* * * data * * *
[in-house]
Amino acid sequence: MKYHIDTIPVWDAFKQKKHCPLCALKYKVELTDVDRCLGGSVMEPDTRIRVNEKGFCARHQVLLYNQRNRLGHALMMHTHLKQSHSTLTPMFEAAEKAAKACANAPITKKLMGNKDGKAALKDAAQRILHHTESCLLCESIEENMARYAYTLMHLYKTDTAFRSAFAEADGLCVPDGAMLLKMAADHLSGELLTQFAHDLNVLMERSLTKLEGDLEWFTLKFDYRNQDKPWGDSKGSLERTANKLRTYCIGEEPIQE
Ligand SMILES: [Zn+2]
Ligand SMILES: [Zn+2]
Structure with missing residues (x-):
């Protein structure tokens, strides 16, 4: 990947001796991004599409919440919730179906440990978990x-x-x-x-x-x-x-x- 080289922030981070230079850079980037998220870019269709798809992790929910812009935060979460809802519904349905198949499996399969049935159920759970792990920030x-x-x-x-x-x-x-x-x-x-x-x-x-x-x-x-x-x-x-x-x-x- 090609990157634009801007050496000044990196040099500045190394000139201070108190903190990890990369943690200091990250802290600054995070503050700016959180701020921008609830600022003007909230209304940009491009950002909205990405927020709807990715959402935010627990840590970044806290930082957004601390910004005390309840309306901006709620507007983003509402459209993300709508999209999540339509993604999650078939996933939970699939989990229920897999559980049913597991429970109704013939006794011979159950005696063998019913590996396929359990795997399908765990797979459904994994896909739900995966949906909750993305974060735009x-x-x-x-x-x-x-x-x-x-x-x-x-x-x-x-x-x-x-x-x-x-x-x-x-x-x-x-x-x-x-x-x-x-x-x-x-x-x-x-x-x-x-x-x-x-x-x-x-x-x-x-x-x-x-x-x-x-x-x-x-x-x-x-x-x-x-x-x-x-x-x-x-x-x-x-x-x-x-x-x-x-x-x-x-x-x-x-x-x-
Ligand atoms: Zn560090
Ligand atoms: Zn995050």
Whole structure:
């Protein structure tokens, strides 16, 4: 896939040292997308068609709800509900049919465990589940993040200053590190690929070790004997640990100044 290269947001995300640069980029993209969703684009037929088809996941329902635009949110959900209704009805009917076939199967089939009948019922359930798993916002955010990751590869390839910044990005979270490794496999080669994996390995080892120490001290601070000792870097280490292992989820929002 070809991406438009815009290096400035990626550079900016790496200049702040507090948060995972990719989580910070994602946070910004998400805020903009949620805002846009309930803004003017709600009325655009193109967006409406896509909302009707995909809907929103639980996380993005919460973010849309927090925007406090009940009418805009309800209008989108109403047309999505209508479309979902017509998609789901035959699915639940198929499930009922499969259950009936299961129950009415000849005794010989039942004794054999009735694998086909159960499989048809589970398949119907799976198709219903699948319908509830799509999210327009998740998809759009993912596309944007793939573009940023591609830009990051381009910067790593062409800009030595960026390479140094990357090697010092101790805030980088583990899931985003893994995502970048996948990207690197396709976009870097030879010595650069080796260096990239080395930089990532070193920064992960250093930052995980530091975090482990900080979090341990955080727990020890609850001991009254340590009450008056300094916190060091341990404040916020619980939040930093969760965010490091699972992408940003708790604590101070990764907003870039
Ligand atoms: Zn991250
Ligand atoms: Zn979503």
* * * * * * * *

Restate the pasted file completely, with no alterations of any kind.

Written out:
[in-house]
Amino acid sequence: MKYHIDTIPVWDAFKQKKHCPLCALKYKVELTDVDRCLGGSVMEPDTRIRVNEKGFCARHQVLLYNQRNRLGHALMMHTHLKQSHSTLTPMFEAAEKAAKACANAPITKKLMGNKDGKAALKDAAQRILHHTESCLLCESIEENMARYAYTLMHLYKTDTAFRSAFAEADGLCVPDGAMLLKMAADHLSGELLTQFAHDLNVLMERSLTKLEGDLEWFTLKFDYRNQDKPWGDSKGSLERTANKLRTYCIGEEPIQE
Ligand SMILES: [Zn+2]
Ligand SMILES: [Zn+2]
Structure with missing residues (x-):
């Protein structure tokens, strides 16, 4: 990947001796991004599409919440919730179906440990978990x-x-x-x-x-x-x-x- 080289922030981070230079850079980037998220870019269709798809992790929910812009935060979460809802519904349905198949499996399969049935159920759970792990920030x-x-x-x-x-x-x-x-x-x-x-x-x-x-x-x-x-x-x-x-x-x- 090609990157634009801007050496000044990196040099500045190394000139201070108190903190990890990369943690200091990250802290600054995070503050700016959180701020921008609830600022003007909230209304940009491009950002909205990405927020709807990715959402935010627990840590970044806290930082957004601390910004005390309840309306901006709620507007983003509402459209993300709508999209999540339509993604999650078939996933939970699939989990229920897999559980049913597991429970109704013939006794011979159950005696063998019913590996396929359990795997399908765990797979459904994994896909739900995966949906909750993305974060735009x-x-x-x-x-x-x-x-x-x-x-x-x-x-x-x-x-x-x-x-x-x-x-x-x-x-x-x-x-x-x-x-x-x-x-x-x-x-x-x-x-x-x-x-x-x-x-x-x-x-x-x-x-x-x-x-x-x-x-x-x-x-x-x-x-x-x-x-x-x-x-x-x-x-x-x-x-x-x-x-x-x-x-x-x-x-x-x-x-x-
Ligand atoms: Zn560090
Ligand atoms: Zn995050």
Whole structure:
């Protein structure tokens, strides 16, 4: 896939040292997308068609709800509900049919465990589940993040200053590190690929070790004997640990100044 290269947001995300640069980029993209969703684009037929088809996941329902635009949110959900209704009805009917076939199967089939009948019922359930798993916002955010990751590869390839910044990005979270490794496999080669994996390995080892120490001290601070000792870097280490292992989820929002 070809991406438009815009290096400035990626550079900016790496200049702040507090948060995972990719989580910070994602946070910004998400805020903009949620805002846009309930803004003017709600009325655009193109967006409406896509909302009707995909809907929103639980996380993005919460973010849309927090925007406090009940009418805009309800209008989108109403047309999505209508479309979902017509998609789901035959699915639940198929499930009922499969259950009936299961129950009415000849005794010989039942004794054999009735694998086909159960499989048809589970398949119907799976198709219903699948319908509830799509999210327009998740998809759009993912596309944007793939573009940023591609830009990051381009910067790593062409800009030595960026390479140094990357090697010092101790805030980088583990899931985003893994995502970048996948990207690197396709976009870097030879010595650069080796260096990239080395930089990532070193920064992960250093930052995980530091975090482990900080979090341990955080727990020890609850001991009254340590009450008056300094916190060091341990404040916020619980939040930093969760965010490091699972992408940003708790604590101070990764907003870039
Ligand atoms: Zn991250
Ligand atoms: Zn979503």